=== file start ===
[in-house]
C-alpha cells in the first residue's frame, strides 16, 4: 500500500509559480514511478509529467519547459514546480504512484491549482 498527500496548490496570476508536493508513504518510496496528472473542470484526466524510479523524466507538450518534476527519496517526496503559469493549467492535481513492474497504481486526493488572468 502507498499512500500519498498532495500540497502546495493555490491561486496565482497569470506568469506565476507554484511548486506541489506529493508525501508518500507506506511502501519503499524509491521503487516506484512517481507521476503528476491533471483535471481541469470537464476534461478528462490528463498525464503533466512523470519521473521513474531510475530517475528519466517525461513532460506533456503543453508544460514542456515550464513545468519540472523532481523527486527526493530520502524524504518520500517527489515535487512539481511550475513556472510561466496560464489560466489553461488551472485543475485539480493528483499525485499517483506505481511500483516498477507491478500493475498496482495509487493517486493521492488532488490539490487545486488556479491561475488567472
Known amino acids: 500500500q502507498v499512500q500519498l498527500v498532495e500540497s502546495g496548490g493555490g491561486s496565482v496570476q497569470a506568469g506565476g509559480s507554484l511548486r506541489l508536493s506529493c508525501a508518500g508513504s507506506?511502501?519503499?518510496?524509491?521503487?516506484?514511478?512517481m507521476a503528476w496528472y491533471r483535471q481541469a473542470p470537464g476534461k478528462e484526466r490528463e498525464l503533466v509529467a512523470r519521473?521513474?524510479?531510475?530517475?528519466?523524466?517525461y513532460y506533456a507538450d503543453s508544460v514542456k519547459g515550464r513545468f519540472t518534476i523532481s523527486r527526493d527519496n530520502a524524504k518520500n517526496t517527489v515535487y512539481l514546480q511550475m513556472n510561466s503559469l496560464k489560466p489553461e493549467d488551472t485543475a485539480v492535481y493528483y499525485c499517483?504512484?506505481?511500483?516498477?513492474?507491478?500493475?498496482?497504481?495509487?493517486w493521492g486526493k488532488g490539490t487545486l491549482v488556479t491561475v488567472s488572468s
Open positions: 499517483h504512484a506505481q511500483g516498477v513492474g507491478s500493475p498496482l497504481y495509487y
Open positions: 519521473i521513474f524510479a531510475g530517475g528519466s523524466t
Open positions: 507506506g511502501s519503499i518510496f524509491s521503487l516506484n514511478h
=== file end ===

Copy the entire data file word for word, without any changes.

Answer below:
[in-house]
C-alpha cells in the first residue's frame, strides 16, 4: 500500500509559480514511478509529467519547459514546480504512484491549482 498527500496548490496570476508536493508513504518510496496528472473542470484526466524510479523524466507538450518534476527519496517526496503559469493549467492535481513492474497504481486526493488572468 502507498499512500500519498498532495500540497502546495493555490491561486496565482497569470506568469506565476507554484511548486506541489506529493508525501508518500507506506511502501519503499524509491521503487516506484512517481507521476503528476491533471483535471481541469470537464476534461478528462490528463498525464503533466512523470519521473521513474531510475530517475528519466517525461513532460506533456503543453508544460514542456515550464513545468519540472523532481523527486527526493530520502524524504518520500517527489515535487512539481511550475513556472510561466496560464489560466489553461488551472485543475485539480493528483499525485499517483506505481511500483516498477507491478500493475498496482495509487493517486493521492488532488490539490487545486488556479491561475488567472
Known amino acids: 500500500q502507498v499512500q500519498l498527500v498532495e500540497s502546495g496548490g493555490g491561486s496565482v496570476q497569470a506568469g506565476g509559480s507554484l511548486r506541489l508536493s506529493c508525501a508518500g508513504s507506506?511502501?519503499?518510496?524509491?521503487?516506484?514511478?512517481m507521476a503528476w496528472y491533471r483535471q481541469a473542470p470537464g476534461k478528462e484526466r490528463e498525464l503533466v509529467a512523470r519521473?521513474?524510479?531510475?530517475?528519466?523524466?517525461y513532460y506533456a507538450d503543453s508544460v514542456k519547459g515550464r513545468f519540472t518534476i523532481s523527486r527526493d527519496n530520502a524524504k518520500n517526496t517527489v515535487y512539481l514546480q511550475m513556472n510561466s503559469l496560464k489560466p489553461e493549467d488551472t485543475a485539480v492535481y493528483y499525485c499517483?504512484?506505481?511500483?516498477?513492474?507491478?500493475?498496482?497504481?495509487?493517486w493521492g486526493k488532488g490539490t487545486l491549482v488556479t491561475v488567472s488572468s
Open positions: 499517483h504512484a506505481q511500483g516498477v513492474g507491478s500493475p498496482l497504481y495509487y
Open positions: 519521473i521513474f524510479a531510475g530517475g528519466s523524466t
Open positions: 507506506g511502501s519503499i518510496f524509491s521503487l516506484n514511478h